I used to live in Queens, in a three-bedroom apartment with a grad student and a middle-aged Bolivian woman. Though the neighborhood was mostly Greek, a trip down the block spanned three continents. Everyone spoke another language: the guy selling coffee and bagels under the elevated train tracks spoke Egyptian; the woman pushing her stroller down the sidewalk, Spanish; the old men playing chess in the cement plaza, Greek.
I used to live in Queens, in a three-bedroom apartment with a grad student and a middle-aged Bolivian woman. Though the neighborhood was mostly Greek, a trip down the block spanned three continents. Everyone spoke another language: the guy selling coffee and bagels under the elevated train tracks spoke Arabic; the woman pushing her stroller down the sidewalk, Spanish; the old men playing chess in the cement plaza, Greek.
I later moved to Brooklyn, to a neighborhood divided by a road called Eastern Parkway. On the north side Caribbean people claimed the low-slung brownstones, on the south, Orthodox Jews. A few blocks from my apartment was the spot, in 1991, people rioted after a black boy was run over by a car in the motorcade of a Jewish leader.
There is great beauty in diversity, and great tension. New York City embodies these elements, but no borough reflects them as well as Queens. This borough is the setting through which Busha Rehman tackles these tensions, in part, in her debut novel Corona.
The novel is a fragmented collection of short stories written from the perspective of Razia, a Pakistani-American woman who, like the author, grew up in Corona, Queens. Razia lived in a tight Muslim community, but was disowned for refusing to participate in an arranged marriage. She leaves her family for the road, following a set of freewheeling instincts that seem to mirror the author's. (Rehman describes herself on her website as a "vagabond poet who traveled for years with nothing more than a Greyhound ticket and a bookbag full of poems.") The stories leap back and forth through time, following Razia's haphazard adventures through childhood and womanhood.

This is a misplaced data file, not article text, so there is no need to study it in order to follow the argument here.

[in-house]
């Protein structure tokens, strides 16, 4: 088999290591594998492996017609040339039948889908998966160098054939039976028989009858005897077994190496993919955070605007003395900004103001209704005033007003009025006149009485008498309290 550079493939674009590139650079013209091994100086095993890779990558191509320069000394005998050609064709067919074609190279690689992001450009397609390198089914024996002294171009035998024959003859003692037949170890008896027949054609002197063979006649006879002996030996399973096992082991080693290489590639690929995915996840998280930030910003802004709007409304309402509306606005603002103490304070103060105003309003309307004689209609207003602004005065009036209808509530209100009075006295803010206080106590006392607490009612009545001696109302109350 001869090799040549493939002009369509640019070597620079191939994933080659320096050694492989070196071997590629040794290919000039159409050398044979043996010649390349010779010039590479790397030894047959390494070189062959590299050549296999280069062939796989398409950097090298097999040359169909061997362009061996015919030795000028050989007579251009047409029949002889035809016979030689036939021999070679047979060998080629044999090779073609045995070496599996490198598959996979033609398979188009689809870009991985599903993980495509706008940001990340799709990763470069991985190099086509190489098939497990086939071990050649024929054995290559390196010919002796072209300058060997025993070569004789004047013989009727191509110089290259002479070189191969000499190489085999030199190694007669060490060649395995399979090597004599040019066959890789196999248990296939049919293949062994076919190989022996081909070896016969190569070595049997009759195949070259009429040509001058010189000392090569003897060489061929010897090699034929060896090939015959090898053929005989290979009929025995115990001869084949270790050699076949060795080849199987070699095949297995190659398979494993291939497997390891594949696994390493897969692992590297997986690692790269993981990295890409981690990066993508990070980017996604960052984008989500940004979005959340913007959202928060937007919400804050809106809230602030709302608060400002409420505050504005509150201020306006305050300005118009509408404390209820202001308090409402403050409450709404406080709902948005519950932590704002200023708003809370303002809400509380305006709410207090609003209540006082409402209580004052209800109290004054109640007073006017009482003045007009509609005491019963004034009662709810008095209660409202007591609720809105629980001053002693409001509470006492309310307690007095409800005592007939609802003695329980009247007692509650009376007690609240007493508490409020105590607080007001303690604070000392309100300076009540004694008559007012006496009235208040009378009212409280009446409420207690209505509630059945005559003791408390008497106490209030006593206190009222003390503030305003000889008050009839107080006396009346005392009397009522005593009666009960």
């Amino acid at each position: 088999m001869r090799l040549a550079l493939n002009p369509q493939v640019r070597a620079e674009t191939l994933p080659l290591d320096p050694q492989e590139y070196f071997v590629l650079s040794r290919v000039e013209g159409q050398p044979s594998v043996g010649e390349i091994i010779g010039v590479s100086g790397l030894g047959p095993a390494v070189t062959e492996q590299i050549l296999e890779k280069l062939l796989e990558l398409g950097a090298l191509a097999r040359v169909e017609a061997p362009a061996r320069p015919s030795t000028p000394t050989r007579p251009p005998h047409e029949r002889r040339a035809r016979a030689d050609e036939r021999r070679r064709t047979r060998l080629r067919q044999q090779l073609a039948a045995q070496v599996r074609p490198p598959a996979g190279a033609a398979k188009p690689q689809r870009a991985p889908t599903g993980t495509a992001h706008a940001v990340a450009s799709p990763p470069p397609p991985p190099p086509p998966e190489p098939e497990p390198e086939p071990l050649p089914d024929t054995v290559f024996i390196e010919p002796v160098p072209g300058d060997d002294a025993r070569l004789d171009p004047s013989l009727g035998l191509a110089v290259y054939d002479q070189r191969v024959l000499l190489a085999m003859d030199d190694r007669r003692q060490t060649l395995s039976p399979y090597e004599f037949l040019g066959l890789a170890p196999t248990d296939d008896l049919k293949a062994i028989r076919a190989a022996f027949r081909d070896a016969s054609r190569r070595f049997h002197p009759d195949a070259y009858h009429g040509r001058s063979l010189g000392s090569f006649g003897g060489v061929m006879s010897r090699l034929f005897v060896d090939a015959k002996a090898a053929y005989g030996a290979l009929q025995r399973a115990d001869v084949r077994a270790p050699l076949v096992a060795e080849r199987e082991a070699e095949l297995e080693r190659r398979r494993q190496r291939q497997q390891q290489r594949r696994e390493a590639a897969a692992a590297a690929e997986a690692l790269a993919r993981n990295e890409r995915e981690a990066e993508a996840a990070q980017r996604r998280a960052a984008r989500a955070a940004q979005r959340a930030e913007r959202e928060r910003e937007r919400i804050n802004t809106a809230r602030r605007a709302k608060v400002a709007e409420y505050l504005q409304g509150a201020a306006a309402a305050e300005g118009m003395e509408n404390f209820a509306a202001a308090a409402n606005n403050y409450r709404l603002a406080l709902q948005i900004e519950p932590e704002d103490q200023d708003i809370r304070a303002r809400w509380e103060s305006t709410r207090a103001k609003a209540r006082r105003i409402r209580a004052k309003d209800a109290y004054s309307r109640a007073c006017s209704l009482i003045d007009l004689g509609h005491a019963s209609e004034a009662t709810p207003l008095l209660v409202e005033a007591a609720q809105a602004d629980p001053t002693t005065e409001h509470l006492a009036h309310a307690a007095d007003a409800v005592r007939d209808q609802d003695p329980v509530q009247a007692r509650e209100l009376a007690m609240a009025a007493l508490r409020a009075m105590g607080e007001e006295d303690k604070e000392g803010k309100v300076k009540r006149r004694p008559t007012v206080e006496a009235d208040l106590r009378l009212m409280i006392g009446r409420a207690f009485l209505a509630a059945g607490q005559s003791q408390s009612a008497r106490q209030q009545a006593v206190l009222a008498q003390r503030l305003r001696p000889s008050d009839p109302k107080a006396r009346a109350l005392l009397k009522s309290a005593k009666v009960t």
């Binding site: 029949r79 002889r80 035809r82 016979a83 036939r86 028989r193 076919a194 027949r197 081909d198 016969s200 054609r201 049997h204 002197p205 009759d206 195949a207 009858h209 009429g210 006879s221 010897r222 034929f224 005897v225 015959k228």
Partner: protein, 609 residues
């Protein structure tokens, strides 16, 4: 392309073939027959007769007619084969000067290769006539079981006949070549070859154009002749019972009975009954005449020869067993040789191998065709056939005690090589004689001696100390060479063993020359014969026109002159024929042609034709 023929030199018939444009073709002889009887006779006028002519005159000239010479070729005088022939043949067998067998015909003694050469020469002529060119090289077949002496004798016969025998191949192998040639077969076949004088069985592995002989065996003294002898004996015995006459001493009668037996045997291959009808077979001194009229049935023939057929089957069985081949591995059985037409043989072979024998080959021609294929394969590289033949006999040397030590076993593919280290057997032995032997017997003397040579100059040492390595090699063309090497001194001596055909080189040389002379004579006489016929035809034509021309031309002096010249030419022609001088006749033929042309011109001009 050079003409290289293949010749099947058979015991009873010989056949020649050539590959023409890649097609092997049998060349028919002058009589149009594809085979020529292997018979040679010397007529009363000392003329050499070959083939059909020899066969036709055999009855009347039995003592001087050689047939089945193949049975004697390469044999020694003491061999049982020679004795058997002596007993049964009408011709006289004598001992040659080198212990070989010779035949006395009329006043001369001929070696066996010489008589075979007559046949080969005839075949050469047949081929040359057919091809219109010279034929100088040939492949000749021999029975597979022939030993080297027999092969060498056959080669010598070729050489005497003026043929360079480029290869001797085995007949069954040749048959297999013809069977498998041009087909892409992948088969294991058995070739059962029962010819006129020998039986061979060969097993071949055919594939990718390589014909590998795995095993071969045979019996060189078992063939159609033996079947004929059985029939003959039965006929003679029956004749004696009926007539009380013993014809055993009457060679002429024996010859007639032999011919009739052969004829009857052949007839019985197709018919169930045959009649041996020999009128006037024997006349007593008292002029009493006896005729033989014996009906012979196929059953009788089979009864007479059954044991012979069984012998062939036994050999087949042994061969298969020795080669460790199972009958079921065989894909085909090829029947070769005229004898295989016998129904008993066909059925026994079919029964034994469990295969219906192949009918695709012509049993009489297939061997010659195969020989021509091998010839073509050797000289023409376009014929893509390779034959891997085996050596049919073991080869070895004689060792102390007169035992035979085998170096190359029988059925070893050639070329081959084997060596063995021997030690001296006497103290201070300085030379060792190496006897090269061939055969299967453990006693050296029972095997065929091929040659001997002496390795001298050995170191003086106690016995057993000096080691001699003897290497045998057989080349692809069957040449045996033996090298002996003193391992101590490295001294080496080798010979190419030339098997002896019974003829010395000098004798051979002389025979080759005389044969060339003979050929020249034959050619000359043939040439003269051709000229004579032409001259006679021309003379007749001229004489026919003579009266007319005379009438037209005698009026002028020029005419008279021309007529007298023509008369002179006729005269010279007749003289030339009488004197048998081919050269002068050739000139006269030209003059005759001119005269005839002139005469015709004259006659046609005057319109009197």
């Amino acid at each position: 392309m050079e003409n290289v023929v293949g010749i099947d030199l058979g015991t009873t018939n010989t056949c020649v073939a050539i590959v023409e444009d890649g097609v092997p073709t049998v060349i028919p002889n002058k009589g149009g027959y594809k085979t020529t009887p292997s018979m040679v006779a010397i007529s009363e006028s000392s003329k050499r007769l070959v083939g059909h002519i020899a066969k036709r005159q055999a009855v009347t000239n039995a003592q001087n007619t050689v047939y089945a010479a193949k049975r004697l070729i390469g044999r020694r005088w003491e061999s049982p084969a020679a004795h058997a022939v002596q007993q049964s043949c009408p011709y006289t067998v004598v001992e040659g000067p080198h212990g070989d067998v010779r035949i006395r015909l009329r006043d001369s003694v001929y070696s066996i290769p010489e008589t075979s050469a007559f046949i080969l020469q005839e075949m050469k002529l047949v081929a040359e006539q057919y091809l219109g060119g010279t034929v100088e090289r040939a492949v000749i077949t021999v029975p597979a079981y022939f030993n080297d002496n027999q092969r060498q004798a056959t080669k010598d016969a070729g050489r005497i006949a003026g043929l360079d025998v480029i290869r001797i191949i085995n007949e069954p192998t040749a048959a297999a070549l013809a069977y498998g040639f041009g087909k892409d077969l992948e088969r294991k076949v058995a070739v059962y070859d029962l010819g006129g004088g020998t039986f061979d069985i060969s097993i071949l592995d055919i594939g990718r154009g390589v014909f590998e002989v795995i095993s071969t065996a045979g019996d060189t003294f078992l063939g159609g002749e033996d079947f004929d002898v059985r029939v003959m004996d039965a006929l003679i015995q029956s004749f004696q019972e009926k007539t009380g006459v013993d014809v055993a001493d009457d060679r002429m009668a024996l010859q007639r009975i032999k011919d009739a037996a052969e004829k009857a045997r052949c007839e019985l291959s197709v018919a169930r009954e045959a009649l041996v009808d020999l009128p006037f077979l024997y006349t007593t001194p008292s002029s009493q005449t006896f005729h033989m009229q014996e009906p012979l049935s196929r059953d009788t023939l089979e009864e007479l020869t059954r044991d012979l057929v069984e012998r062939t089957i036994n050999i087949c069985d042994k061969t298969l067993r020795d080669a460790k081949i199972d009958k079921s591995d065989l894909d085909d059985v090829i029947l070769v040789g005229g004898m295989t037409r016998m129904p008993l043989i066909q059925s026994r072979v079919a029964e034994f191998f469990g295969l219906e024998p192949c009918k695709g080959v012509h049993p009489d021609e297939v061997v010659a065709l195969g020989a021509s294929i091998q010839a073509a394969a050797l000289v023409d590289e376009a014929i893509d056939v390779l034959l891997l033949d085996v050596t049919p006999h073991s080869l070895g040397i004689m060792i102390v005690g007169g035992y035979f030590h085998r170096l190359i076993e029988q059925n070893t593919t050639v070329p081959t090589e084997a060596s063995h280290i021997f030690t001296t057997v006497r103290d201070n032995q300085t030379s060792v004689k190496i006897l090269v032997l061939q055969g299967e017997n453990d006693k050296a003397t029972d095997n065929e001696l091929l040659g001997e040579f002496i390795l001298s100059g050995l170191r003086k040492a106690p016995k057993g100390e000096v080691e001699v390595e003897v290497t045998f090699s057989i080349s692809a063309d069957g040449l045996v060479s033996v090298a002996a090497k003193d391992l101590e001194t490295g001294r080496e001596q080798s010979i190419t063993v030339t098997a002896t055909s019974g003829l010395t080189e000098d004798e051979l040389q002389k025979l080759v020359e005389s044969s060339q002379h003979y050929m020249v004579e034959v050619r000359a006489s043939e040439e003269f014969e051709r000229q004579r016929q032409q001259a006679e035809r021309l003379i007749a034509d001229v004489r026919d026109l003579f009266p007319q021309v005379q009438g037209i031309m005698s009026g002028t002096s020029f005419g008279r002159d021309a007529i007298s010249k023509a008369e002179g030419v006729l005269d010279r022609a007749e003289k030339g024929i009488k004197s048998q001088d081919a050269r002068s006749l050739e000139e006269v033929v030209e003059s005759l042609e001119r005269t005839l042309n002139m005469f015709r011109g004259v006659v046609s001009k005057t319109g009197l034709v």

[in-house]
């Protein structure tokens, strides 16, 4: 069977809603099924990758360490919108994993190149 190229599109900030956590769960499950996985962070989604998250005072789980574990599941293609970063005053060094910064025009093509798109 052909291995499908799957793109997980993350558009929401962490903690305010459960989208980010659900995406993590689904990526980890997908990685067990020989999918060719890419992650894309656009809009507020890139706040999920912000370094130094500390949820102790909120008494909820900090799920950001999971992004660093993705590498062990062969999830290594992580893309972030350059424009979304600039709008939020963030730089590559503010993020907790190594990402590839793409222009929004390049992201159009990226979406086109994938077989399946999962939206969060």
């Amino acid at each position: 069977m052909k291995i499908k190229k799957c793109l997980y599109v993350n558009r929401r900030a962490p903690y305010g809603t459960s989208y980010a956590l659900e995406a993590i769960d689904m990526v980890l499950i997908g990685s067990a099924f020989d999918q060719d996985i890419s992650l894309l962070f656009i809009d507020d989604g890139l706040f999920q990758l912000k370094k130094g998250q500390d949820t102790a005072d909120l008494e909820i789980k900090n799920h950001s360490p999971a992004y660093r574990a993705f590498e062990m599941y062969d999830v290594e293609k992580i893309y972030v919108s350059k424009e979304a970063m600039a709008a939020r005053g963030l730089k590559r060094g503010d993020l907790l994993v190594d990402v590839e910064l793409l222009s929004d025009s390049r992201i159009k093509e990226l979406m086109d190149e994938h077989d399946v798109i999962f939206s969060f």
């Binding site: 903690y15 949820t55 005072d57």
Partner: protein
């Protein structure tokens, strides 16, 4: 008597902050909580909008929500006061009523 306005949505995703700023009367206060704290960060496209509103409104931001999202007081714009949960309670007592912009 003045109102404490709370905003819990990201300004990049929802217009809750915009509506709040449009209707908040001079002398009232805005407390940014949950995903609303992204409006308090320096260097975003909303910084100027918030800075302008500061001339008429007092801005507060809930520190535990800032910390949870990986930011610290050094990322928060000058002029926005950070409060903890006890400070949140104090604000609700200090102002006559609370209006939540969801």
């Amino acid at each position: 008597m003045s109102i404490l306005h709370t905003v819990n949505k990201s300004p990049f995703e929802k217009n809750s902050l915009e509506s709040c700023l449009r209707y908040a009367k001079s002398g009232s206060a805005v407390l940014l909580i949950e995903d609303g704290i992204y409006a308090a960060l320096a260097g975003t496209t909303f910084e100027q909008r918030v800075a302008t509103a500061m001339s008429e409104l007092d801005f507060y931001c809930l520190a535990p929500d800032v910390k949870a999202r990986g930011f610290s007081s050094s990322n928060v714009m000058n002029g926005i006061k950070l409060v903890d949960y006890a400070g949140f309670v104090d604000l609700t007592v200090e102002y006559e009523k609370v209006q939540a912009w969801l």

The title story, called "Corona (and I'm not talking about the beer),” sets the tone for the rest of the book. It's 1983, and Razia is in elementary school. She hears the Simon and Garfunkel song "Me and Julio," in which there is the line,"Rosie, queen of Corona." Why would Paul Simon sing about Corona, Razia wonders. The only white people she's seen in the 'hood are policemen or firemen.
The author, Bushra Rehman
Rehman's prose is unadorned, but effective. Razia has her own Julio, who she loves "in a way you only could when you were a child." All the other girls show off for him, but she doesn't: "In Corona, girls learned early to flash skin, flirt, chew gum, and play games to bring boys down to their knees, even though it would usually end up the other way around."
But Razia's love evaporates when she sees Julio harassing a Korean woman. In the scene, Julio sneers at the woman: "I don't need to tell you where I live you smelly ching-chong,"
The book trades heavily in race dynamics, sometimes as crudely and unsubtly as Julio's taunts. In story after story, Razia suffers some racial indignity, often at the hands of an ignorant white man. "We should just nuke those fucking Arab shits and get it over with," says one guy in casual conversation.
These scenes—expanding on a theme of brown people being perceived as un-American—can be predictable, preachy. More effective are Rehman's explorations of Razia's past, her Muslim identity, the way her liberalism and feminism clash and connect with her religious, cultural roots. This is where Rehman shines, where her prose becomes poetic.
In one set of stories, young Razia discovers a hidden stash of pornography and sets off to destroy it in order to save the souls of the women in the pages. Later, when Razia is older, less religious, she herself becomes the object of a lustful gaze while hitchhiking through Florida: "The old man looked at our thighs as if we were chicken being picked out at a church BBQ."
Noting the hypocrisy, Razia says, "It always amazed me the way some religious people, it doesn't matter what religion they are, go ga-ga over a little bit of skin. It burned me up."
Razia bounces from coast to coast trying to figure out her place. What does she want? Where does she belong? Along the way she confronts race, religion, politics and all the issues that divide not only the country, but the home she left behind—Corona. The novel can be a bumpy ride, but like Queens, it's vibrant, it's worthy of exploration, and it's undeniably American.
Arvin Temkar is a full-time journalist and part-time essayist. He’s hung out with cowboys in Brooklyn, eaten trash in the name of journalism, swam with sharks and interviewed the presidents of two countries. He speaks one language okay, two others poorly, and still wants to be in a punk band. Follow @atemkar.